Prior to the refuge, Indians inhabited the Malheur region for 15,000+ years, leaving evidence of their camps and graves in what became the refuge headquarters area. Eventually, Malheur became a case study in mistreatment of Indians: a Malheur Reservation was created by the federal government in the 19th Century, but that was followed by a chipping away of the reservation to give land to settlers. Treaty hunting and fishing rights were abrogated. Eventually, the whole tribe was forced to march in snowy weather, without enough food, over two mountain ranges all the way to the Yakama Reservation in Washington. Many died along the march and in their years of exile. A sad and typical tale of mistreatment of our first peoples.

The Great Depression hit America with an iron fist. In 1933, President Franklin Roosevelt responded with the Civilian Conservation Corps, a program to put young people to work on conservation projects all around America. Shortly after that, Malheur National Wildlife Refuge received three CCC camps, and over 1,000 young men worked on the refuge over seven years. They built dikes and dams and roads and fences. They constructed four fire towers, quarried the stone and built the beautiful headquarters buildings, and started Page Springs Campground. Every visitor today can see the dramatic results.

Mule Deer in Car Headlights in Malheur National Wildlife Refuge

Mule Deer crossing road, illuminated by my car headlights

For all its conservation accomplishments, the CCC also had a major economic impact upon Burns and other surrounding communities by spending $15,000 per month in those towns on supplies, rentals, and payroll. It was a win/win for everyone involved. Perhaps the biggest accomplishment was in giving young men jobs at a time of near-hopelessness; this instilled a work ethic in these young men, who later became the heroes who won World War II.

In sum, Malheur National Wildlife Refuge is one of the preeminent conservation success stories in America, with two of my favorite presidents–Theodore and Franklin Roosevelt–contributing to its success. Over the decades, Malheur became a legendary location for birders and other outdoor recreationists, including hunters and fishermen. I consider it one of my favorite landscapes in North America, blessed by its remoteness, beauty, silence, and wildlife. People of the region came to love it, and there was a good agreement on a management plan that was hammered out between ranchers, naturalists, hunters, and other stakeholders that was considered a model for refuges across America.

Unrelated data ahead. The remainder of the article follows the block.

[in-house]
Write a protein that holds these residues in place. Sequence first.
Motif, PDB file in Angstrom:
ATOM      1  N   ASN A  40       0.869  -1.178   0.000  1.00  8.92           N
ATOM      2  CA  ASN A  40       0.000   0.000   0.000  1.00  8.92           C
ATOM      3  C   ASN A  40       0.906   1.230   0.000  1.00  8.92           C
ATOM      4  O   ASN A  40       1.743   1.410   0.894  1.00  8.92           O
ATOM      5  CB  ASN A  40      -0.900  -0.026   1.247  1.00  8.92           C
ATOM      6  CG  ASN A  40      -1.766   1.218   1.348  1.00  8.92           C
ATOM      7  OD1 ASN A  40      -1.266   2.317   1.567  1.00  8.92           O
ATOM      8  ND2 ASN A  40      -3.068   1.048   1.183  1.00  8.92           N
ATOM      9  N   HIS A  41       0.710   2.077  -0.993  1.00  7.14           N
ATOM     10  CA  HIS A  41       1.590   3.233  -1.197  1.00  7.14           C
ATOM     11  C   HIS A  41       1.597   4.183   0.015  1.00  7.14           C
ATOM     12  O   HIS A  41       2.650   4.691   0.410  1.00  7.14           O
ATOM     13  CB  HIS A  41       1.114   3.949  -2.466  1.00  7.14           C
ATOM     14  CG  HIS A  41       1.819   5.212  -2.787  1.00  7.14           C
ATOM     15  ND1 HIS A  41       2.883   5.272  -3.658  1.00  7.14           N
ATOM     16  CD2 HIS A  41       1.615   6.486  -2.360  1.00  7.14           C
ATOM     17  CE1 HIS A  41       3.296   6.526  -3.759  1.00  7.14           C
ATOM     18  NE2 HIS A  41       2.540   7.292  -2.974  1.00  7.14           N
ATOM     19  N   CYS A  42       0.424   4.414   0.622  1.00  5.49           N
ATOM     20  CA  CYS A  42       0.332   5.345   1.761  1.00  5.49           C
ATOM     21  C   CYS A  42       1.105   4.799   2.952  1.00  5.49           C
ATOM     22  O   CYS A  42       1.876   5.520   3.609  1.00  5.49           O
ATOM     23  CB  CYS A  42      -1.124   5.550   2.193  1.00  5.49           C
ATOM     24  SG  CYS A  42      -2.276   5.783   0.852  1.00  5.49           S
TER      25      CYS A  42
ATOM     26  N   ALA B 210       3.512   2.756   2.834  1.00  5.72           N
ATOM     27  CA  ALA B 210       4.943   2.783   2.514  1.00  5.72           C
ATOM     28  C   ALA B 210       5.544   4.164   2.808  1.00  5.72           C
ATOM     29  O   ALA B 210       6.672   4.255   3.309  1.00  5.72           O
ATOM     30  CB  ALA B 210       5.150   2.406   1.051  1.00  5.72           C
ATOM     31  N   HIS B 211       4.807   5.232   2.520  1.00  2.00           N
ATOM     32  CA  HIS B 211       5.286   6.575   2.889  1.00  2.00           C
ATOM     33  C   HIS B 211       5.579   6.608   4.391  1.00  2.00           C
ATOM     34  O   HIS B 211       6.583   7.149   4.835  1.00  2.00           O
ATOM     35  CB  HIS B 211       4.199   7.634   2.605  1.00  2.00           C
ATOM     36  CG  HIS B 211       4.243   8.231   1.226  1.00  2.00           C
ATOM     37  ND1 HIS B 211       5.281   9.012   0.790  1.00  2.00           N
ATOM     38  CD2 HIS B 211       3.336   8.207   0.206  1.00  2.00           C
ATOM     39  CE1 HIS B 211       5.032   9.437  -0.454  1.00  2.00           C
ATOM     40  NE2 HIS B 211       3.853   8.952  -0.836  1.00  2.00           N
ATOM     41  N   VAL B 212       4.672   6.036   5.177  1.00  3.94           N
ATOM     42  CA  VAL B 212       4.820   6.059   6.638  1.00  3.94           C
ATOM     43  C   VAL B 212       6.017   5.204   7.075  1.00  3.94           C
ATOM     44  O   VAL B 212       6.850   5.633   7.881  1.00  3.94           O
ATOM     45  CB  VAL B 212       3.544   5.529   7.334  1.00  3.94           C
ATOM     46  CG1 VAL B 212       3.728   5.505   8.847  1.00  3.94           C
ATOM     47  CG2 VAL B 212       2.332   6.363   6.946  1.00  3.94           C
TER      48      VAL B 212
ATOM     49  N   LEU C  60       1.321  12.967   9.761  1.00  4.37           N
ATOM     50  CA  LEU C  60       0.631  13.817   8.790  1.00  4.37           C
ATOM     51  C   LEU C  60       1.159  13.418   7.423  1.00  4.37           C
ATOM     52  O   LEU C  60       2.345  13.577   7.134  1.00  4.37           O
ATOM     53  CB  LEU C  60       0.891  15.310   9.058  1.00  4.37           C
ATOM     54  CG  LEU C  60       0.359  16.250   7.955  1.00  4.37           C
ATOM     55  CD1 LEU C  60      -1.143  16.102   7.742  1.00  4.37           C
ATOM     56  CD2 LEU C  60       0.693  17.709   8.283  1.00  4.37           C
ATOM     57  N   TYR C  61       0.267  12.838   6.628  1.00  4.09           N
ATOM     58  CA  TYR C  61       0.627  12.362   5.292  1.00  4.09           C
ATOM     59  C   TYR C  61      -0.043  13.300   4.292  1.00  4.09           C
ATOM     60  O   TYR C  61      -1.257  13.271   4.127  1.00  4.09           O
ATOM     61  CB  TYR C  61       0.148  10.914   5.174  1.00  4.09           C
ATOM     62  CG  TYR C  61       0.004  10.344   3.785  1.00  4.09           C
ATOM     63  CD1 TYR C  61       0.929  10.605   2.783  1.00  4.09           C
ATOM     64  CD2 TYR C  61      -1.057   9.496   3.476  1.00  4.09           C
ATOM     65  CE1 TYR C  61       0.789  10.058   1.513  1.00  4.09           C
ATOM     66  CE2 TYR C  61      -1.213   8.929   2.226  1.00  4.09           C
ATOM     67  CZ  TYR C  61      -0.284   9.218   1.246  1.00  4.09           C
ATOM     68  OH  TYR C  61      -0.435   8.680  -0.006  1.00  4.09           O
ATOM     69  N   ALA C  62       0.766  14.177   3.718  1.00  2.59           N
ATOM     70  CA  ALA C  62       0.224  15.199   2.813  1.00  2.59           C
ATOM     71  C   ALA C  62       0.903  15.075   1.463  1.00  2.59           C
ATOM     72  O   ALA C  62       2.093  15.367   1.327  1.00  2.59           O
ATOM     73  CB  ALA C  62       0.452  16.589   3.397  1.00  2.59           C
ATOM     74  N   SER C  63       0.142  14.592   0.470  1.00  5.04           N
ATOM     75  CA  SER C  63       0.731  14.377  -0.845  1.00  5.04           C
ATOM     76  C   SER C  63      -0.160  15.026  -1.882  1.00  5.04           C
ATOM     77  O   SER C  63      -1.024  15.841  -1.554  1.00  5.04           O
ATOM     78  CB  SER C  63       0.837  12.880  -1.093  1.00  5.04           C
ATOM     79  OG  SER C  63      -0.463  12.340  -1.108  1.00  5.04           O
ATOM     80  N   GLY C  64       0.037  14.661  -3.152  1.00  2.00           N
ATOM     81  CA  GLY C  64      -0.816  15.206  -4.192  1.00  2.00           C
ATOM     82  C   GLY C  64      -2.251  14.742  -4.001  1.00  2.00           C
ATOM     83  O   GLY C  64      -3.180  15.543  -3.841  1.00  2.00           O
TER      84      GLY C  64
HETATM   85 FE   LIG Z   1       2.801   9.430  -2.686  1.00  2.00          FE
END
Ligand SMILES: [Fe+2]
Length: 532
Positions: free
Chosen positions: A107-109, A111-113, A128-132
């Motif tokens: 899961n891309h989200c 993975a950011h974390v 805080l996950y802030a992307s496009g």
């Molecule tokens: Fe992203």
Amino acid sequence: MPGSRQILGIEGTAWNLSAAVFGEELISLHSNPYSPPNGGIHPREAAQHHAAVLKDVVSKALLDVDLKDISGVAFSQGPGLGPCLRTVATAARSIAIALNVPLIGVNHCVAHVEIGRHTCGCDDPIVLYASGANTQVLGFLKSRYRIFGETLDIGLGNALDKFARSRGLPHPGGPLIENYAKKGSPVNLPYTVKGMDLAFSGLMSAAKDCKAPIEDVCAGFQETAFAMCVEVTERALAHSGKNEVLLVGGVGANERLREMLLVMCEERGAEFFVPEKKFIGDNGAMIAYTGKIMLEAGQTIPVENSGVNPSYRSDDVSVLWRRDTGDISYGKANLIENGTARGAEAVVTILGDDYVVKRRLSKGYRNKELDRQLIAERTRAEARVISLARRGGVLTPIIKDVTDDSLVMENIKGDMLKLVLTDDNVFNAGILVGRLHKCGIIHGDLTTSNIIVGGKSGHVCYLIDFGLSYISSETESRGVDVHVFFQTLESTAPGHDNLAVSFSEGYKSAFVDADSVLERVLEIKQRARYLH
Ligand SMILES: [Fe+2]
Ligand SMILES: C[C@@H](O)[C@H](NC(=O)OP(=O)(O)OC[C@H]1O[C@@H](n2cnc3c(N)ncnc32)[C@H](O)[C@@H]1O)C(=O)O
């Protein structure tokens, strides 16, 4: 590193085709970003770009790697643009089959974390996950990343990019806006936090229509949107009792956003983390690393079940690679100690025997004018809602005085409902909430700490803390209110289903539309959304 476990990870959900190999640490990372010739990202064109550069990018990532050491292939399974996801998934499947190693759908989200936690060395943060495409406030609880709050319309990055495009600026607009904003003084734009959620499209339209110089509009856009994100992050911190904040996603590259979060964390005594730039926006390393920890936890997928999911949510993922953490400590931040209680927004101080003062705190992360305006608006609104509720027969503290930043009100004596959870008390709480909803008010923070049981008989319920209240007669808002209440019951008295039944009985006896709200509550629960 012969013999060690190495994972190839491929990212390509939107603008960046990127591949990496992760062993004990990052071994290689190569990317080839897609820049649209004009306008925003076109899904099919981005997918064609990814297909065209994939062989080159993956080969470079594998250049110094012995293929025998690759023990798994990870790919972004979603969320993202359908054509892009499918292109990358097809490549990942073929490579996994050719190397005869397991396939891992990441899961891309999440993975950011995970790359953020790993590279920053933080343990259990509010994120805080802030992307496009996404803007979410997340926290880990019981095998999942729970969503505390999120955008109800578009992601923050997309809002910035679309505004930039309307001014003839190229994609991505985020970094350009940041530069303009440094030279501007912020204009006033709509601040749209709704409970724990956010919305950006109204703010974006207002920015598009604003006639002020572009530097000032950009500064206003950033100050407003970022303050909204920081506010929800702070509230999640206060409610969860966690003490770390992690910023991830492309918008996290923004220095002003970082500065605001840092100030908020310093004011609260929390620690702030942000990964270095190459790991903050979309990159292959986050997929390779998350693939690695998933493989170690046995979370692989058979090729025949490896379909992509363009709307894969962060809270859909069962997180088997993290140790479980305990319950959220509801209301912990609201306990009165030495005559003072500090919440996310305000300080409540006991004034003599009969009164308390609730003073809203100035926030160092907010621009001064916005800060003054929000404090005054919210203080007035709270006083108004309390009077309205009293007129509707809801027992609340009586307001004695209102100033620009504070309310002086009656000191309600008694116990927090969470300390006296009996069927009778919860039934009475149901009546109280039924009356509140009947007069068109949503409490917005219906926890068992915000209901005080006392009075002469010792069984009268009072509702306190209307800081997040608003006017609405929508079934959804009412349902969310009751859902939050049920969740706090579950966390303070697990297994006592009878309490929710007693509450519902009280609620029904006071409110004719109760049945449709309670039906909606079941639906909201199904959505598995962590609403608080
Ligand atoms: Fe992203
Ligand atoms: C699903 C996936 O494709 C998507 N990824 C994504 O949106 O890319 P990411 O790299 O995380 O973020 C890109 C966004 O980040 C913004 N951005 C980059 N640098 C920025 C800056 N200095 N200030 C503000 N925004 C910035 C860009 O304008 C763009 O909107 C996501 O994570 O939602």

Female Ring-necked Pheasant at Malheur National Wildlife Refuge

Female Ring-necked Pheasant at Malheur NWR

Then came the Bundy occupation of the refuge in the first days of 2016. A group of armed state’s-rights zealots took over the refuge headquarters, and occupied the beautiful CCC buildings for over a month before finally leaving. Their occupation disrupted the good work of the refuge, created division across America, made a mess of the place, and included thefts of equipment. One occupier died while reaching for a gun at a roadblock. For all this, a runaway and misguided jury refused to convict the perpetrators on a single count–a travesty of justice that still makes me incredibly bitter.

There is a movement in rural parts of the West to give away our national forests, national parks, national wildlife refuges, and other federal lands to the states. Why? Because many people want local control of the land so that they can clear cut more timber, strip mine more coal, loosen environmental regulations, and hunt, graze, fish, and trap to their heart’s delight. I vehemently disagree.

Cattle Grazing on a Ranch near Malheur National Wildlife Refuge

Cattle grazing on ranch lands adjacent to Malheur National Wildlife Refuge

If states were given the land, they would sell off much of it to private companies, and access by hunters, hikers, fishermen, and other recreationists would be either denied or made expensive. For example, on Weyerhaeuser land in Washington State, access that was once free or low-cost has now become expensive, with a family camping permit for a year costing $300: Weyerhaeuser Fees 2016. If land was sold off by the states, we would end up with a patchwork of permit systems that would be costly for families to access the land. I can understand the position of Weyerhaeuser: before the permit system, they had a lot of cases of illegal dumping and vandalism on their land–just as we would have in the national forests if there were no rangers on patrol.